Ironwood Daily Globe from Ironwood, Michigan on May 31, 1965 · Page 3
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Ironwood Daily Globe from Ironwood, Michigan · Page 3

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Ironwood, Michigan
Issue Date:
Monday, May 31, 1965
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Page 3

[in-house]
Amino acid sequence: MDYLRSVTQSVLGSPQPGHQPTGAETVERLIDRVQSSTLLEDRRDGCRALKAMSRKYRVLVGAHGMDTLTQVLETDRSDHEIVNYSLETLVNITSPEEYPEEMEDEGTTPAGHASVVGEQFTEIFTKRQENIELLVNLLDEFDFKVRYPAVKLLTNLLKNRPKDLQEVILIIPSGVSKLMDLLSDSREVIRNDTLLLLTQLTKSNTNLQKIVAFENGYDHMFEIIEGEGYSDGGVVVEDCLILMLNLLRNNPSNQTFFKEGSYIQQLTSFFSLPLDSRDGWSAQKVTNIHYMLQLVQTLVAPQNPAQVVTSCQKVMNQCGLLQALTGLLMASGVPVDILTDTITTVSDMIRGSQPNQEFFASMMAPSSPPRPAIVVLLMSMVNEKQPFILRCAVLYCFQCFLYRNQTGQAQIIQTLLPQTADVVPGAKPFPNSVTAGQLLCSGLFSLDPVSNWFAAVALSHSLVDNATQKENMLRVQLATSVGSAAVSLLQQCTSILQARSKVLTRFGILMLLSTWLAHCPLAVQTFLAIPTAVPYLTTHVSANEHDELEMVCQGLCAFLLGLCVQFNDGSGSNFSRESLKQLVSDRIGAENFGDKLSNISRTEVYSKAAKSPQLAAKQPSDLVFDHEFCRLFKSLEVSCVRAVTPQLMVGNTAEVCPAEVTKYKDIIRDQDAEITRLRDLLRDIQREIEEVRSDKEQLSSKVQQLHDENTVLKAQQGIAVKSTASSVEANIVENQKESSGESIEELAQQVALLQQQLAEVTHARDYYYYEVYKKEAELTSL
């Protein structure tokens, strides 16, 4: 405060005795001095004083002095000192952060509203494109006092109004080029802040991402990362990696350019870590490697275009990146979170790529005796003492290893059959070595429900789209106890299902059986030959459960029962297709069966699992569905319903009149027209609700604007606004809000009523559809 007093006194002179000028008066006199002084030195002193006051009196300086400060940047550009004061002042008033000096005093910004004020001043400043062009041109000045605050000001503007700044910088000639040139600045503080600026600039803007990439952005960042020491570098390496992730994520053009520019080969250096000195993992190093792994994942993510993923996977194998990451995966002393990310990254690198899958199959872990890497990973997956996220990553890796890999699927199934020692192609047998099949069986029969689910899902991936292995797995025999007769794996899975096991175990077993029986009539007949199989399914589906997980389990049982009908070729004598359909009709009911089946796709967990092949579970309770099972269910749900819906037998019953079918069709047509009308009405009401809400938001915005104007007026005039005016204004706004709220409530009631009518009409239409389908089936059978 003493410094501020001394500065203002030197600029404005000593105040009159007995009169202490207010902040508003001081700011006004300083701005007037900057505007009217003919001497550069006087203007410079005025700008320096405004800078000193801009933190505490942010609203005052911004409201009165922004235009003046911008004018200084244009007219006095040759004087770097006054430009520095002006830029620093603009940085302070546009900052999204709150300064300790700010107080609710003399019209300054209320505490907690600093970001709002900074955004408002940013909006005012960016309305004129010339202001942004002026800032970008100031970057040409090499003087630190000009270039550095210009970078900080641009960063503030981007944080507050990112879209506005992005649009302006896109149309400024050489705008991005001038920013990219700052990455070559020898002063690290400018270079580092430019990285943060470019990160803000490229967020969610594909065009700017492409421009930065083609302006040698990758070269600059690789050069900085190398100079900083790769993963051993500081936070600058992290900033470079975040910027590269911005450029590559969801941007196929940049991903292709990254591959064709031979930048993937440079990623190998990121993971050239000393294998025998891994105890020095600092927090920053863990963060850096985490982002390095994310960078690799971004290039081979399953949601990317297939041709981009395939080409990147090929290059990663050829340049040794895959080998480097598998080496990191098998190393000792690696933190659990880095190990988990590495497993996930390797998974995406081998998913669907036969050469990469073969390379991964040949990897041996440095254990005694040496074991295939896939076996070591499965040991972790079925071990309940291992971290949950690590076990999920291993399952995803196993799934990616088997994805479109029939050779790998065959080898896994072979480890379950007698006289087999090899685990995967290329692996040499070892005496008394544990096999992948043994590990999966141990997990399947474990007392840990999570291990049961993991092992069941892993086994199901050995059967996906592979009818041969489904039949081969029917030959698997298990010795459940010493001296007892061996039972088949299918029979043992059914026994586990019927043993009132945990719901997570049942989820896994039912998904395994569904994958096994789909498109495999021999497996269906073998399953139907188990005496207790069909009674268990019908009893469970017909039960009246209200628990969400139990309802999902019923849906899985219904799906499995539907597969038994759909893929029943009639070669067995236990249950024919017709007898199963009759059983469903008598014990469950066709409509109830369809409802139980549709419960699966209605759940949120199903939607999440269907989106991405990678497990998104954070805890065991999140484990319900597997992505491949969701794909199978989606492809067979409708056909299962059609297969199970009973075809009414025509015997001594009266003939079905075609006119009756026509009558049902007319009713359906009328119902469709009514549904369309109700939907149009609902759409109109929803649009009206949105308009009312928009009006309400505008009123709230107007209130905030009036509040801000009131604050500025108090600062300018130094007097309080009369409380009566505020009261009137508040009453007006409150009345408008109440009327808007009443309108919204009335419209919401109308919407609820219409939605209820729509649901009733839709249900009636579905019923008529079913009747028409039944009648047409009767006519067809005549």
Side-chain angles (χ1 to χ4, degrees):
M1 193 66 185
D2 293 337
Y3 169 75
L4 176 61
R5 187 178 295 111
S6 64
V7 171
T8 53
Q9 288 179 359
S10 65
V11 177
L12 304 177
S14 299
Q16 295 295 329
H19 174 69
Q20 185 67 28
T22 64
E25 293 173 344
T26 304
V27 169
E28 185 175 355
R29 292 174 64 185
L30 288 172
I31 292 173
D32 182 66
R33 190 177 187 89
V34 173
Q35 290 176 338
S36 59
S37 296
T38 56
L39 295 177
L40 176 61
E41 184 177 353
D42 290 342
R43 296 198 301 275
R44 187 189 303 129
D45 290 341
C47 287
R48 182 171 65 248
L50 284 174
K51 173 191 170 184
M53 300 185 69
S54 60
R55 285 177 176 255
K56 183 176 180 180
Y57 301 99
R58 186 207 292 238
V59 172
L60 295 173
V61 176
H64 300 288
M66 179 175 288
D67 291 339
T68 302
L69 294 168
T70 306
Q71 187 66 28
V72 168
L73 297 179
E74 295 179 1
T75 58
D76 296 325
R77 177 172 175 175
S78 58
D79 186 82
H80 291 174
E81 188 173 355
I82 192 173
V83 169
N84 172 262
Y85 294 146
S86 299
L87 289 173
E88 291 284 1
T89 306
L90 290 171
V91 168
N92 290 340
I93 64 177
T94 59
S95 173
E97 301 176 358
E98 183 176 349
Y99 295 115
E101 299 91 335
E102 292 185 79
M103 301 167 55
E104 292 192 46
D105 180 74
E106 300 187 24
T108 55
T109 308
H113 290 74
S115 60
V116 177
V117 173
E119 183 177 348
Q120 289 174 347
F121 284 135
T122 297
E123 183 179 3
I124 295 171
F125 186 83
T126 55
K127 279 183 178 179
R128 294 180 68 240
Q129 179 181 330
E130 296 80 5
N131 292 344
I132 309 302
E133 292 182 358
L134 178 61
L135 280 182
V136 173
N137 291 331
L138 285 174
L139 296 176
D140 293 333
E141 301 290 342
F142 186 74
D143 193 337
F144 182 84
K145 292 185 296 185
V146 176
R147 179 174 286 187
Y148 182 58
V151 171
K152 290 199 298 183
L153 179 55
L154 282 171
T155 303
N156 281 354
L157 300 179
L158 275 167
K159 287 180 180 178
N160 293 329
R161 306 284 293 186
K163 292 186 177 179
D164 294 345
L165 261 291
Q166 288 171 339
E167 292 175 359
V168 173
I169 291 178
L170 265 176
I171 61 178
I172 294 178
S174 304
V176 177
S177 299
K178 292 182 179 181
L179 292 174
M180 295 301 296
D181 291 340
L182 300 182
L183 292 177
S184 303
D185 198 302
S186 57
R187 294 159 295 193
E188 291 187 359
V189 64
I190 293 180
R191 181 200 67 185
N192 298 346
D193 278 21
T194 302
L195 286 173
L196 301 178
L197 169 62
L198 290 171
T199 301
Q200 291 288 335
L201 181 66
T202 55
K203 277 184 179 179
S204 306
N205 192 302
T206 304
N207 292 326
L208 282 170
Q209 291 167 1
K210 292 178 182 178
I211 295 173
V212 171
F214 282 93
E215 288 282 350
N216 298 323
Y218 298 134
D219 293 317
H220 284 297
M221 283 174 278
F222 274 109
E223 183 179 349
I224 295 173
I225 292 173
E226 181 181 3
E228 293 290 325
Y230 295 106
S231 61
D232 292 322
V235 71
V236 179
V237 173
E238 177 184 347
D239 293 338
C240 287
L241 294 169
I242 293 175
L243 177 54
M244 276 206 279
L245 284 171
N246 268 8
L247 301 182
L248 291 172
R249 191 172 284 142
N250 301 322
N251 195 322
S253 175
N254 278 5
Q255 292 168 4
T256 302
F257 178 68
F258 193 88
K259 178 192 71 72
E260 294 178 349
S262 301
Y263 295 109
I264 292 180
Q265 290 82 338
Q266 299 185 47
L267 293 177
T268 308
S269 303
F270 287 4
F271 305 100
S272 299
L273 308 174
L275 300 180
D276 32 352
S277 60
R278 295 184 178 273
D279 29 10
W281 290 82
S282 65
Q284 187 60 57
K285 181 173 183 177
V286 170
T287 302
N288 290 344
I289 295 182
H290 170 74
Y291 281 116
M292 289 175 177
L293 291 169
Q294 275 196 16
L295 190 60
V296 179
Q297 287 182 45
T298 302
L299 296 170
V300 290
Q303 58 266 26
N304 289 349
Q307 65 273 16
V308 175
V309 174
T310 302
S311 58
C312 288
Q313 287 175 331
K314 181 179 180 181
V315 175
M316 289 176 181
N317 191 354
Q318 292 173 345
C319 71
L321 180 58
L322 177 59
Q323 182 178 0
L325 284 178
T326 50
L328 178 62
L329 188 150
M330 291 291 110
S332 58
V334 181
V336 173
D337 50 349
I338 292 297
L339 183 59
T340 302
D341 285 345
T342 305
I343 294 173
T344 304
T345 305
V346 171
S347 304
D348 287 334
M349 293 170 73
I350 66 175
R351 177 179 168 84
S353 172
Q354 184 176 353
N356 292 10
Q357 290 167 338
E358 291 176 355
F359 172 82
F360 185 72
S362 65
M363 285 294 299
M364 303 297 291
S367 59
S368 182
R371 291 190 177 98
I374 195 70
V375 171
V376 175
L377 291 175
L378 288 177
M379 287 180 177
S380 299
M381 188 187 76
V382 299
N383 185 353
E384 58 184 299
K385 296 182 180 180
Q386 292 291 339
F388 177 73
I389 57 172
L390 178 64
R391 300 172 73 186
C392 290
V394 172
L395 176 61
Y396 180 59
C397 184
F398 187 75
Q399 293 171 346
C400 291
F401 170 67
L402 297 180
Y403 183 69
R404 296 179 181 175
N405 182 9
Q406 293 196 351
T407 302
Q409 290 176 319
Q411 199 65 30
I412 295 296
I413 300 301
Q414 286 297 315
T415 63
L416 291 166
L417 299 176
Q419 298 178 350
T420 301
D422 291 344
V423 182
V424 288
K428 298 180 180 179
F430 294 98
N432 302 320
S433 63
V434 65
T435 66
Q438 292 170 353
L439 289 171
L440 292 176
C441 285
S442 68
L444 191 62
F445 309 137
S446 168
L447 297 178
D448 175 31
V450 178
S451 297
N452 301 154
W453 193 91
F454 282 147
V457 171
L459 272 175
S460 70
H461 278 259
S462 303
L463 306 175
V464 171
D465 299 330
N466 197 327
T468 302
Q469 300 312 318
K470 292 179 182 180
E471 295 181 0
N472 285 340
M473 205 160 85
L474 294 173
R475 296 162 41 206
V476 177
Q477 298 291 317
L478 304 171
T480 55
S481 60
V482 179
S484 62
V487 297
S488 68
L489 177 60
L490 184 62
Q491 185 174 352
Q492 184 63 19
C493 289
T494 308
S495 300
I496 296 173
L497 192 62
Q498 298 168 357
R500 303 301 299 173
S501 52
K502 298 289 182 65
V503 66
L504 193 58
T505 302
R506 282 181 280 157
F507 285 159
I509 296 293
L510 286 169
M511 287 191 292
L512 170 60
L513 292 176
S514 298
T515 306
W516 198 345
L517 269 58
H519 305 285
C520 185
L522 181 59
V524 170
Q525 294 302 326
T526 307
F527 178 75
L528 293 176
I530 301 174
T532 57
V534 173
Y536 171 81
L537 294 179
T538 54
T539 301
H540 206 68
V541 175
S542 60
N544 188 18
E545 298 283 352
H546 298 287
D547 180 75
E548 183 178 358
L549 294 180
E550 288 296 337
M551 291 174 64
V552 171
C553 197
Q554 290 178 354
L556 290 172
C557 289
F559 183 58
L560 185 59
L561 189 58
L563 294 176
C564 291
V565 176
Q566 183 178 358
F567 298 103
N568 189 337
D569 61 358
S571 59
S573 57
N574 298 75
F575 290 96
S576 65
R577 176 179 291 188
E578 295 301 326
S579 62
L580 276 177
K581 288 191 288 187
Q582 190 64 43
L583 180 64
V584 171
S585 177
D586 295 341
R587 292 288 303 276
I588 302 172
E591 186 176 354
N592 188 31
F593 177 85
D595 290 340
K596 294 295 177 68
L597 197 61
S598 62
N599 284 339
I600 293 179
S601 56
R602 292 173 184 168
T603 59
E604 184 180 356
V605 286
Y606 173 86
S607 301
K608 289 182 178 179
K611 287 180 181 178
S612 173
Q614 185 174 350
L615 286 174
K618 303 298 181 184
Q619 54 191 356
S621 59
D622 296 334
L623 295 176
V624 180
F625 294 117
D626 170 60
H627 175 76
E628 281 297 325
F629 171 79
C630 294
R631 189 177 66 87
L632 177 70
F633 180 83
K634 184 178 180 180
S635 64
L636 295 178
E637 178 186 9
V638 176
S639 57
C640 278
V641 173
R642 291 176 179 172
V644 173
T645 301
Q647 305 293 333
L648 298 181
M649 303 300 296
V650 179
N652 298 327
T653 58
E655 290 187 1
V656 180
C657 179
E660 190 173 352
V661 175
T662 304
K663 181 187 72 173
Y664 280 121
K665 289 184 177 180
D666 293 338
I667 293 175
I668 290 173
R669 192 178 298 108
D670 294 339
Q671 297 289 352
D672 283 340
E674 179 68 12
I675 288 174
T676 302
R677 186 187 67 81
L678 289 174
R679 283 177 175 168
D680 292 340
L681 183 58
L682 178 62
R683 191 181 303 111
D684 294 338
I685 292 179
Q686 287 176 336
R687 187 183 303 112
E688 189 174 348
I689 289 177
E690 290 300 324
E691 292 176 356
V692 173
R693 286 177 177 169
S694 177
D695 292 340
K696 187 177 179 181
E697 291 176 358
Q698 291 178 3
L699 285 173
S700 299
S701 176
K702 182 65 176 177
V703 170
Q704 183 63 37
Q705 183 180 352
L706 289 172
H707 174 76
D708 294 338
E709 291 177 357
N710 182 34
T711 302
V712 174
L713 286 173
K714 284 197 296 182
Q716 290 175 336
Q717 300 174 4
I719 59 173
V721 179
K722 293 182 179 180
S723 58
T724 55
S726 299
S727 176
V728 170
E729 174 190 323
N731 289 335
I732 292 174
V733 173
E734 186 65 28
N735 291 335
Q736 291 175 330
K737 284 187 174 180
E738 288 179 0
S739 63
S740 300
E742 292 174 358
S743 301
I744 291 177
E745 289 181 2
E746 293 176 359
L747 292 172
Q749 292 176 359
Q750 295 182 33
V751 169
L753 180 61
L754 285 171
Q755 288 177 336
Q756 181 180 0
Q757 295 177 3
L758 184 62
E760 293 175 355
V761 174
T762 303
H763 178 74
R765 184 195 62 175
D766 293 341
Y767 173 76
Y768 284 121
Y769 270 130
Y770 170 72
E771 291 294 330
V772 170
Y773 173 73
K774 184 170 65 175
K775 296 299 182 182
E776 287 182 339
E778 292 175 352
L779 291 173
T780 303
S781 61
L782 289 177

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MONDAY, MAY 31, 1 965. fRONWOOD DA'IY GLOBE, IRrNWOOD. MICHIGAN THREE Type of School To Be Proposed At Voting Time has come a long way from education and it was time to think of tile students. Secretary Wilfred Schon said he felt stenson's motion was improper because one might want the school in one c o m - munity and not the other and be forced to vote "no" since change his motion and Schon moved that it be tabled for further consideration. At this point Stenson conducted an informal poll of the board and the majority indicated that they were willing to vote immediately and Schon said in that case he would withdraw his motion. both school proposals are On a ro11 cal1 vote - tne schools lumped in one motion. The 1 * 01 ' Mass and Rockland were secretary stated the school inlaPProved with four members • ONTONAGON -The Onion- j R OC kland with a multipurpose! voting yes; one. Miles Plutchak. - agon School Board voted at its'room would cost $70,800 and he; votln S no - and one - Cchon, ab-i meeting last Monday to propose'felt this cost was too high f or j staining. Schon said he wished} " to the voters at bond issue time the small amount of students j to qualify his vote because he| a kindergarten through si x^6d and added that he did not j believed the motion should have grade school in Mass, and a j think that kind of money was stated the schools separately. kindergarten through six un llustified there. graded school in Rockland. It! Johnson replied was also specified that the school building in Rockland that the .would be similar to the sketch made by Kingscott for this purpose. money spent per pupil would be about the same as the money per pupil for the Mass school architects! and therefore wa.s not in his I opinion out of proportion. Stenson read a letter from Mrs. Stratum, the superintend- A lengthy discussion followed the motion by Stenson which .began cy his withdrawing a pre- ent of an ungraded K-8 school vlo'is motion made nine months i which pointed to ago to build the district's ele-jages an ungraded . mentary school .in . Rockland Sten&on stated that in the past the . advant When asked if he wished t o qualify his vote, Plutchak stated he voted purely from an educational standpoint, as he felt that including the fourth through six grades in an ungraded system would not benefit the children educationally and be no i m - provement over what they now have, Mrs. Neuman said she object- The Doctor Says By W. C. BRANDSTADT, M.D. Dr Salk then studied the length There are only two things that of time it took for .four groups cause fear in a newborn baby. One is being dropped, even is due to a disease of the kid- mouth may give some relief II neyj, pituitary, adrenals or liver.' is helpful to give your son • If !.re disease causes attacks i light supper and to give him • of vapid heart, headache or'diet that is nigh in proteins and vomiting, an injection of adren .low in carbohydrates 'sugars alin or a cube of sugar by and starches). HEADS LEGION—George Romanowski of 4 Maple Street, Hurley, was installed as commander of the Hurley American Legion Post, at ceremonies held IS dropped though he lands on soft mattress, and the other is a sudden, loud noise. By contrast the sound of normal human heartbeats is the m o s t. soothing "noise" in the world for an infant. Dr Lee Salk of New York exposed groups of newborn Infants to recordings of heartbeats at the normal rate of 72 pci minute and an accelerated rate made it of 12fi per minute. Those ex- mimilrs. posvid to the increased rate criec! more than the others and were definitely more restless. The babies exposed to a back- of b.Tbies to get to sleep. Lullabies were played continuously for one group. Strange as it may a seem, they took the longest time —49 minutes. Another s r « u P went to .sleep listoniiifi to a metronome set at 72 beats per minute. They took about the same length of time. The group that went to sleep in absolute quiet didn't do much better. It took them 46 minutes to go to sleep while those exposed to normal heart sou n d s in half the time — >3 ..„ ....„ school couidi ed to tne tnird Proposed site ash as t week in the Legion club provide in the education of! bein B called the 'present site' rooms of the Hurley Memorial ,,..„„ ... .... Hao , youth. Mrs. Neuman said since !sln ce the arrangements contem-; Building. He succeeds Joseph few months he felt the board 'the building would be the same' Plated purchasing adjacent lands; Erspamer. Romanowski was these findings are not pre- scntcd to cause a sta mpede to plirc i iasc heart-sound recordings bllt rathcr to emphasize t h e And NOW-They're HERE! The New Polaroid Camera Models 89.95 59.95 • The Automatic 103 at only NOTICE NEW GREYHOUND- ZEPHYR BUS STATION is located at corner of Lowell & Ayer Sts. Formerly Lahti Chevrolet Garage BOB CLEMENS, agent Phone 932-4221 to send the fourth through sixth grades to Ontonagon, nothing in either case <K-3 or K-6) t h e i for building the school on. Schon j born at Hurley in February, six grade unit could be tried ; noted that the building could be, 1931. He attended the schools and if the people decided later placed on the football field. Kee-| there and from 1949 to 1953 he fer stated that a new field j served in the United States would cost from $25,000 to $30,000 i Army. He is married to the would be lost. Jack Pattison' and Mrs. Neuman noted that she i former Carol Julin and they noted that he was willing to go understands Ontonagon has one j have six children. His hobbies | ol^vlrr ti.ifli tV,n hxllrlinrr TM.nnnc.n.-l ! f\f MlP finest M-dPlfC it! MlP TlnnPf 1 1 nP.ll IflP fisllillff 311(1 llllllUnE 311(1! ground of normal heart sounds tact lnat close association with gained more weight and since the molher - s O0l iy [ S O f the ut- botii groups got the same amount most importance In the e a r 1 y of fnoci. this was attributed l o , wecks O f life. Other factors be the fact that they did not ex- Kic]P norma j | 1C art sounds, such haust themselves with fussi n g and crying. as warmth and contact, are Important, too This study by a prominent physician is a strong reason lo advocate the rooming- in system Instead of the old- fashioned hospital nursery. Q—The doctors say my son, 7, ha,': too much insulin. What In A—llypcrinsulinism is relative- anticipation of a record Influx of ly rare in children. Every ef- 'campers. The council said Mich- Ion must first be made to de- igan now has 15.662 camsites, termine whether this condition 1,100 New Campsites Are Opened This Year LANSING fAP) — The State along with the building proposed i of the finest tracks in the Upper | include fishing and hunting and i Tourist Council reports 1,100 , .._.. ... by the architect and'let the ad- \ Peninsula and this is,included on' at present he is scoutmaster of, new public campsites have been is the best, treatment for it? ministration decide the . grades tho present football— athletic j Hurley Cub Scout Pack 324., opened in Michigan" this year that should be housed in it. : field. - i After being installed by Iron-, S c h o n continued that the' A discussion regarding options ; wood American Legion Post: schools for Mass and Rockland-the board has taken on land ad- Commander Thomas DeCarlo, were studied separately and he i jacent to the present site. Mrs. Romanowski pledged to do all In felt the board should be per- : Neuman commented that she| ms power to upgrade the post mitted to vote separately on the I and Keefer had obtained the op-| and called on the membership schools. Stenson refused t o. tions and for 4.32 acres including i to support him m this endeavor. He cited Commander Erspamer for doing what he called a terrific job in making the post an effective force within the city and for working so hard to increase the membership. (Daily i Globe Photo) 1 • The Autematii ^04 ol only - AND The New Kodak Instomotic Movie Cameras and Projectors • The liistomotit M-4 only $49 • The Sensational Kodak M-80 Instamatic Projector that will take BOTH the New Super 8 Film as well as the old regular 8 mm size. Reg. $194.50—see us for SPECIAL PRICE! Instamatic Film and Kodak Super 8 Movie Reels NOW AT RANGE PHOTO SERVICE "Where You Find Everything That's "Tops" in Photography" Also Films Taken to Range Photo and Range Photo Dealers Monday—Ready TUESDAY! Qdua&on WITH A FUTUR by RCA VICTOR FREE BEACH BAG with the purchase of any RCA Victor Transistor Radio Portable Stereo or Portable Television. These handy bags contain all the toilet articles necessary for your outing, and they're re-usable for other purposes. Get 'em WHILE THEY LAST On the g rods' most-wanted list— RCAVICTOR TRANSISTOR RADIOS See the new Powerlift 8 Transistor Has big battery savings—operates on two ''D" cells; 3W speaker: ferrite rod antenna; earphone jack and many other features make this one of our best buys. Many others to choose from. NEW PORTABLE STEREO RCAVICTOR SOLID STATE 4-SPEAKER STEREO * Solid State Stereo Amplifier provides instant warm-up * Four speakers in swing-out detachable enclosures * Studiomatic 4-speed changer—diamond mi- ctogroove stylus * Loudness, Bass, Treble, Stereo Balance Controls * * * Sing Along Microphone Included PLUS FREE STAND 149.95 RCAVICTOR BIG 19" PORTABLE TELEVISION Slim styling! Powerful 18,000 volt chassis, newly designed RCA Pan-O-Ply picture tube. One-set VHP fine tuning automatically "remembers" to give the best picture. "Golden Throat' FM sound. More People Own HCAVlCTORThan Any Other Television... Black and Wait* or Color Graduation Special 139 95 ' Tht R«v«l«r Scries AF-OS1 NO DOWN PAYMENT! Be sure to see our fine selection of *CLOCK RADIOS ,„„ *TAPE RECORDERS ideal graduation gift* BUY NOW! We'll Protect You! JOHNSON'S TAX PROTECTION PLAN GUARANTEES YOUR TAX SAVINGS! Johnson's will refund or credit the amount of any excise tax reduction on all purchases made between now and July 1. For particulars, call or see usl enneuf IASAVQ PIBQT r> fencing which property own e r s had requested would cost $8,850. It was noted by board members that if the fence was not! specified in the options the school would not have to build it. Mrs. Neuman stated that the options now held would be $5,950 without the fence President Haw ley asked if the board sh o u 1 d take options on the two properties with homes on them and Stenson noted that buying homes would run the price up high. It was decided to take the options on the two houses in question, and board members 'indicated that the public should be given all the facts on the present, site situation. Mrs. Neuman suggested that three maps be made of each proposed site for the school with pertinent information concerning each on the bottom and presented to the peop 1 e . It was decided to ask Thorn a s Hartzell from the high school to make up the maps. The board granted permission for the Labor Day committee to use the school grounds and in case of rain the gym, and for the drum and bugle corps to use the gymnasium in case of rain on the night of the Drums Un! der the Stars presentation. ! Secretary Schon read a letter announcing the final hearing of the Allocation Board and requested that each school unit | have a representative present to explain its budget. It was decid- ! ed that Mrs. Neuman would attend. ' The board also decided to i write a letter to State Legislators Mack and Hellman urging j passage of the current state aid; j bill. i I In other action the board hired i Mrs. Warren Millard as pi a y- 1 ground supervisor during the ! noon hour and placed on file an i application by Mrs. lone Sym- dra for a position as school li- j brarian. i Members of the non-teaching personnel at the high school were present to discuss salaries. Representatives of the cooks, custodians and bus drivers indicat e d their various proposals and why they felt such proposals were i necessary. The board det e r- | mined to study the matter and designate a school board member to meet with the non-teaching personnel to discuss sala r y increases. In other action the board discussed the summer swimm i n g •program and received app 1 i c tions for instructors, studied the proposed school calendar for 1965-66 and discussed the summer reading program. ALWAYS FIRST limited time! save 344 on each ensemble! Fireworks Pose New Danger to Children WASHINGTON (API — Fireworks which look like small colored candy balls are posing a new danger. The Food and Drug Administration said Friday that some youngsters have mistaken the balls for bandy. Commissioner George P. Larrick said several cases have been reported from Ohio and the District of Columbia in which children bit into the balls and were injured. 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